As Hungarians prepare for Sunday’s vote to the European Parliament, there’s a sense of election fatigue. Only last month, there was a general election here, won by Hungary’s conservative Civic Alliance Party, Fidesz, led by the controversial figure, Viktor Orbán.

Predictions and Indifference

On Sunday, the turnout here is expected to be low.
The latest predictions are:

Fidesz (Hungarian Civic Alliance, national conservative party): 56%
Jobbik (Movement for a Better Hungary – radical nationalist party): 17-18%
MSZP (Hungarian Socialist Party): 14%

There are questions about whether or not the smaller Hungarian parties will reach the ‘magic’ threshold of 5% needed to send an MEP to Brussels. And in some cases, Hungarian voters are being kept in the dark about which Brussels political groups their politicians will join if they are indeed voted in.

So, a spirit of indifference to this week’s European elections is in the air. And for that reason you are hard pushed to see the faces of the EU’s ‘star’ politicians smiling at you from campaign posters: in Hungary, the faces are very much local.
(It was quite the opposite when I was in Berlin last week, and saw mug-shots of Messers Schulz and Juncker peering at me from many a billboard).

Nationalist Radicals In Alleged Spying Debacle

Meanwhile Hungary’s radical nationalists have hit the headlines in recent days.
One of Jobbik’s three MEPs – Bela Kovacs – was accused in the pro-government newspaper, Magyar Nemzet (15 May 2014), of spying for the Russians.


A Quick Reminder: Who Are Jobbik?

Five or six years ago, Jobbik was a relatively unknown entity. But in 2009 it won 14.6% of the vote in the European Parliamentary elections and sent three MEPs to Brussels. Shortly after that election, at a meeting in Budapest of like-minded European parties, it formed the Alliance of European National Movements. The founding members included France’s Front National (which has since left the Movement); Italy’s Fiamma Tricolore (MS-FT); Sweden’s National Democrats; and Belgium’s National Front (which has since been dissolved).
In last month’s general election in Hungary, Jobbik won 20% of the vote. Like its euro-sceptic allies, Jobbik wants Hungary to leave the EU. One of its European election posters declares: “Hungary’s economy = Income for Europe”. (It’s worth noting that Hungary is not a net contributor to the EU, so this slogan needs some explanation from Jobbik….)

Mr Kovacs – who is number three on Jobbik’s election list and therefore highly likely to be returned to Brussels – has a long both professional and personal relationship with Moscow. He is also well-known in the corridors of the European Parliament for arguing strongly the case for Gazprom. Some of his fellow parliamentarians have indeed expressed surprise that an MEP should spend so much time focusing his attention on a company that hails from a country outside the EU. And there have long been rumours and allegations in Hungary – hotly denied by Bela Kovacs – that Mrs Kovacs (a dual Russian-Austrian national) may have worked for the KGB.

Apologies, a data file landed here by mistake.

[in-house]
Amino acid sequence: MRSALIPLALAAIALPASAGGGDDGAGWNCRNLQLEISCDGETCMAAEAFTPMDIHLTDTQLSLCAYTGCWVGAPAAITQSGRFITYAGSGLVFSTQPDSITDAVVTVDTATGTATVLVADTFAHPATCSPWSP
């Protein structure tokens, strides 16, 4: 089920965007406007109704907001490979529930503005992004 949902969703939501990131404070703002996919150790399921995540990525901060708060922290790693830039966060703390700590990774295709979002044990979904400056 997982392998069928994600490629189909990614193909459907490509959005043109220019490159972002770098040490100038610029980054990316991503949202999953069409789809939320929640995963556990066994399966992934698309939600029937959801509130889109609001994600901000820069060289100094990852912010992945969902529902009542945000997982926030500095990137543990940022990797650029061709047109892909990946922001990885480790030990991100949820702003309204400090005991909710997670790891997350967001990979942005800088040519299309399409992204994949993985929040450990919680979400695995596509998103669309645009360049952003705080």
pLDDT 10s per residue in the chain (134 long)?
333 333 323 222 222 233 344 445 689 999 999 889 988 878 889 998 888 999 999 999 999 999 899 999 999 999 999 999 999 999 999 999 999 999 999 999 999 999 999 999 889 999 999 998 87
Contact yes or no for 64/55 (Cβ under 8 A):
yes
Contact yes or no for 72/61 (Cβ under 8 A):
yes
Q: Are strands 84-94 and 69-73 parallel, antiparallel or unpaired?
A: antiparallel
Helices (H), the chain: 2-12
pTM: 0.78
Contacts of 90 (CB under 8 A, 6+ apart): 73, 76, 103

Today Hungary’s Parliamentary Committee on National Security summoned Mr Kovacs to answer the spying allegations. On television last week Prime Minister Orbán accused anyone engaged in promoting the causes of Russia to the detriment of Hungary of being a traitor. Mr Kovacs and his party cry foul. They claim the allegations are politically motivated. This is of course hardly surprisingly, given the timing of the allegations and the closed-door meeting today at the parliament – within just days of the European elections.
After the three-hour meeting, a somewhat dazed looking Mr Kovacs left the parliament saying little more than he had important election campaigning to do. His party leader defended him; others said sufficient evidence of an improper relationship with Russia had been presented to the committee; and yet others said the meeting was strictly private and refused to comment further. The upshot: the committee will look further into the allegations – nothing is definitively resolved.
So – either Jobbik is damaged by the allegations; or its supporters and waverers will be sufficiently incensed by what they may see as political inteference to turn out and vote in even greater numbers for Jobbik on Sunday. All will become clear next Sunday evening/Monday morning.

The Sun Sets – But The River Flows On…

As the sun sets, creating a dramatic orange night sky across the hills of Buda, the tourists, students and musicians continue – seemingly unconcerned – to amble, sing and drink on Liberty Bridge. Perching on the bridge supports, beer cans in hand and looking up river into the orange glow bathing Buda Castle, Mark and Patrick, two 19-year-old Hungarian paramedic students, are clear about where to put their crosses on this week’s ballot paper. “We’ll be voting Jobbik,” Mark says, without hesitation. “Fidesz and the Socialists have destroyed this country over the last twenty four years [an allusion to the time since the collapse of communism]; Jobbik knows how to keep this country’s agricultural sector going; and it rejects globalisation.”
Meanwhile in Fovam Square, two young amateur musicians prepare to perform using only hand clapping to create sound. Dominic and Gary are both in their twenties, both have jobs – and both are equally disillusioned with the political system. “We have no real political choice in this country,” Dominic says. “Fidesz has all the power – too much power – and they support globalisation.”
Gary adds “Decisions are made in Brussels – so our voices simply aren’t heard.”
They’re both undecided if they’ll actually bother to vote on Sunday – and if they do, they may leave it until they’re in the voting booth to decide where to put their crosses.
No one I spoke to had heard of Britain’s UKIP and Nigel Farage.

The sun disappears, and the final illuminations of the day are gone. The Danube pounds inexorably southwards, its flotsam and jetsam smashing against the bridges of the Hungarian capital. And Hungarians ponder, more resigned than enthused, more disconnected than engaged, about what the next chapter of the EU will deliver to them.

EU Elections 2014 Tour: Budapest to Brussels – Hungary Post

May 19th, 2014 Posted by Uncategorized No Comment yet